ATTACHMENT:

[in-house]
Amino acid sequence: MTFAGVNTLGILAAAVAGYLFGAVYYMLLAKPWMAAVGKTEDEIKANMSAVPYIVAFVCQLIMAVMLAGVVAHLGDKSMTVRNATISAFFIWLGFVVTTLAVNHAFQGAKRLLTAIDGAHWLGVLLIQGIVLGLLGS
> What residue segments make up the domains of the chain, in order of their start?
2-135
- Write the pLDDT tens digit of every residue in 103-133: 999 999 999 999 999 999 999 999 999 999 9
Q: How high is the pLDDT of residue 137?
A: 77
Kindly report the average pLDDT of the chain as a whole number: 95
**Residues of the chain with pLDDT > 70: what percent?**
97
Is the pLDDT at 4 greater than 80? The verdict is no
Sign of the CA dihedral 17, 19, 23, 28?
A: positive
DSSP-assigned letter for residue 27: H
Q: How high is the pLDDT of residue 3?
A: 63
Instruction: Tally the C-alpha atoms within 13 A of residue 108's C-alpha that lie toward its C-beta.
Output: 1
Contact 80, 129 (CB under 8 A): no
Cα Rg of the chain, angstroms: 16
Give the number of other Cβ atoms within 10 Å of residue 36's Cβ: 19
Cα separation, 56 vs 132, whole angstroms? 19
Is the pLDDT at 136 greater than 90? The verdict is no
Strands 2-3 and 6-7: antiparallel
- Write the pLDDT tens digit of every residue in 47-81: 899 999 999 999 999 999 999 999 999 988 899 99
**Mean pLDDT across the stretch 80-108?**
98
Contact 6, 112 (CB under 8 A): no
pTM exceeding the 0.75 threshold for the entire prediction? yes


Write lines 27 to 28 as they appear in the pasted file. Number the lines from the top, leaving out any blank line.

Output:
98
Contact 6, 112 (CB under 8 A): no